Emergency contraception is something that can prevent pregnancy when you’ve had sex, without using protection. This might happen if you’ve forgotten to use protection, if something goes wrong with your protection or if you were sexually assaulted.
Remember emergency contraception does not protect against sexually transmitted infections and its effectiveness really does depend on how soon after the unprotected sex it is taken.
What types of emergency contraception are there?
There are two types of emergency contraception: an emergency pill and the coil or IUD. Emergency pills are usually called the morning after pill. You can take some pills up to five days days (120 hours) after sex and some pills (72 hours) after sex, but the sooner you take it the better. The morning after pill prevents unwanted pregnancy in 95% of women who take it correctly and as close to the time of the unprotected sex as possible.
If more than 72 hours have passed since the unprotected sex, then the IUD can be used. The IUD is a small device fitted inside a woman’s womb by a doctor. You must have it inserted within five days of sex and it must be worn until your next period.
When should I take emergency contraception?
- If you had sex without contraception.
- If you were forced to have sex or don’t remember what happened the night before.
- If your condom split or something stopped your contraceptive working.
- If you missed your birth control pills for two days before having sex or were vomiting in the last few days.
Where can I get emergency contraception?
The emergency contraception is available from doctors or pharmacies. Phone and check with the doctor in advance, as not all doctors will prescribe emergency contraception.
Over the counter emergency contraception with no prescription
NorLevo is available over the counter from pharmacists and can be taken up to three days (72 hours) after unprotected sex.
EllaOne is now available over the counter from pharmacists, and can be taken up to 5 days (120 hours) after unprotected sex. EllaOne is available without a prescription, following a consultation with registered pharmacists. However EllaOne can still be prescribed by a GP and is free of charge with the medical card. It’s most effective if taken as soon as possible after having unprotected sex and has a pregnancy rate of 0.9% if taken on day 1 post unprotected sex. Ask a pharmacist for a private consultation or talk to a GP or Family Planning Clinic about the best option for you.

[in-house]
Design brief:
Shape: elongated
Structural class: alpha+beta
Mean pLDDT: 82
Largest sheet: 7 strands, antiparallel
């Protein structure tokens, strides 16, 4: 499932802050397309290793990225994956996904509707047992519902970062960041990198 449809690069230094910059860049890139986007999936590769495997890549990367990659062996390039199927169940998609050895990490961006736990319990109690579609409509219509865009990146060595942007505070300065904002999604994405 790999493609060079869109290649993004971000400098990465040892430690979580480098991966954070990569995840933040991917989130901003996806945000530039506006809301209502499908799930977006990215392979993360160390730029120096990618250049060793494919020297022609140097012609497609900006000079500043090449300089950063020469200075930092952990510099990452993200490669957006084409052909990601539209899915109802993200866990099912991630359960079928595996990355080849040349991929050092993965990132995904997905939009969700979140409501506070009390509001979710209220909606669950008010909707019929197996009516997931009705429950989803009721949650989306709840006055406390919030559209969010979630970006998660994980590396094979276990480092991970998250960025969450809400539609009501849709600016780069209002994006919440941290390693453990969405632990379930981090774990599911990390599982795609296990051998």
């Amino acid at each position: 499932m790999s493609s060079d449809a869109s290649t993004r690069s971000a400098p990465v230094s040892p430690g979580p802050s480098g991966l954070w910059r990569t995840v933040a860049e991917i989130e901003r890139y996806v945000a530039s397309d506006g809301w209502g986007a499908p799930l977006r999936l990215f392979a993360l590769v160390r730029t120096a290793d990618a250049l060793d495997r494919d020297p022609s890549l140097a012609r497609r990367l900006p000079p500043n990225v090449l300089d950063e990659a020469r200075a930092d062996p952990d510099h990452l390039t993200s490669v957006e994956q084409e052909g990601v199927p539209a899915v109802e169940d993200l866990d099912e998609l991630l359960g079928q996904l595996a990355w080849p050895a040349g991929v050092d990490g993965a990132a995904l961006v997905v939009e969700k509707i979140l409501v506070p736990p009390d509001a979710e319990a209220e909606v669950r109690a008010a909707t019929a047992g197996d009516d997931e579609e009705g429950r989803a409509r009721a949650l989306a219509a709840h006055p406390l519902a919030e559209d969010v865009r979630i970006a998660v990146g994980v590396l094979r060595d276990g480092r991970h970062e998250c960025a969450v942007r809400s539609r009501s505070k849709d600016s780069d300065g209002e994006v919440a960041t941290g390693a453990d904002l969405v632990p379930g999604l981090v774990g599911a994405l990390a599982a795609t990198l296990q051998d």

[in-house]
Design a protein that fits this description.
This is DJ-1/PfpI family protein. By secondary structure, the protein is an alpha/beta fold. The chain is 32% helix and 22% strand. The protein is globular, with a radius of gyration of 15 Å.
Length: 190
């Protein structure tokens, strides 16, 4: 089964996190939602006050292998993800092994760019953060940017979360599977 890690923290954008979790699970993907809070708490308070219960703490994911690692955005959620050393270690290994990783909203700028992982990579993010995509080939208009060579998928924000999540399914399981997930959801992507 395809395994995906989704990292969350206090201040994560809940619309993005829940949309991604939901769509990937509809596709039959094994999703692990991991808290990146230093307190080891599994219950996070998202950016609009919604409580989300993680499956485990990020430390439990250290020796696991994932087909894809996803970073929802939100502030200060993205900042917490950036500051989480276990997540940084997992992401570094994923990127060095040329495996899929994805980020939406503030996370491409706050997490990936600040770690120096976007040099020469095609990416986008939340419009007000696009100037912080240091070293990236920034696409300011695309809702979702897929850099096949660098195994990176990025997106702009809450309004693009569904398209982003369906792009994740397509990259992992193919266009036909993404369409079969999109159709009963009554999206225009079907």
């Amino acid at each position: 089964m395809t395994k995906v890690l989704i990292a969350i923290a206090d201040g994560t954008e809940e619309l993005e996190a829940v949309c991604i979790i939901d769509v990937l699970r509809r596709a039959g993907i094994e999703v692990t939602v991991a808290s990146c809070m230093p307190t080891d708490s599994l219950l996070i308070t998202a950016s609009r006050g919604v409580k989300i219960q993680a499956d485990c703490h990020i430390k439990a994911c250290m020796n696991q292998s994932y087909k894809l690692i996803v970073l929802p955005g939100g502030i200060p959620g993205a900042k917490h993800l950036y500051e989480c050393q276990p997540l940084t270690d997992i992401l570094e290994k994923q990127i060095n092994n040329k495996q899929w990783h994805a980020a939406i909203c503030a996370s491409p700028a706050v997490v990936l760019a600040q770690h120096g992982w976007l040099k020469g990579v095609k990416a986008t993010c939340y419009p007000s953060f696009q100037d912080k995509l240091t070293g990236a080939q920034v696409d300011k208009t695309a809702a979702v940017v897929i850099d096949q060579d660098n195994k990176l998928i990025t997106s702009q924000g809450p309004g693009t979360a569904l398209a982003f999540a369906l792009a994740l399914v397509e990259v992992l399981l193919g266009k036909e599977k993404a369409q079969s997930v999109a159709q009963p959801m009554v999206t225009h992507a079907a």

How much does emergency contraception cost?
The cost of emergency contraception varies depending on what is suitable for you, and whether you have a medical card. Talk to your GP, pharmacist or local family planning clinic to get an accurate cost. If you’re worried about emergency contraception being out of your price range, don’t feel ashamed to call around different pharmacies to check the cost. It can cost anywhere from €20 to €70, so if cost is a factor, it’s worth finding the most affordable option.
What are the effects from emergency contraception?
You might feel sick or dizzy after taking the emergency pill. This is normal, but if you feel sick for more than two hours speak to your doctor. Your periods may be irregular or come earlier or later than normal for three months after taking the morning after pill.
Protecting your sexual health when having sex
If you are having sex you need to protect yourself from STIs and HIV as well as unplanned pregnancies. There are many great options to help protect your sexual health, but none of them are 100% effective. Even if you use condoms every time you have penetrative sex, you are still at risk of getting genital warts and herpes, as these can be passed through skin-to-skin contact. Going for an STI check or taking a home STI testing kit with a partner before having sex, can be a great way of protecting yourself and those you have sex with against STIs and HIV. However, not all STI checks check for all STIs, so it is important to speak to your healthcare provider and ask them what are being tested for as part of your screening.
Discussing with your sexual partners the type of contraception or protection options available to you, and agreeing on a type that works for everyone involved can help to reduce the risk of pregnancy, STIs and HIV. Looking out for sores or symptoms on a partner’s genitals before having sex with them, can help to identify STIs that they may not be aware of. If you do see any signs that someone may have an STI, do not have sex with them until you know for certain it is safe to do so. Asking someone about their sexual health history is the responsible thing to do before having sex, and it should not be taken as an insult if someone asks you about yours.
Remember: The age of sexual consent in Ireland is 17. If you’re over 16, you can consent to medical treatment including any treatment or tests needed.
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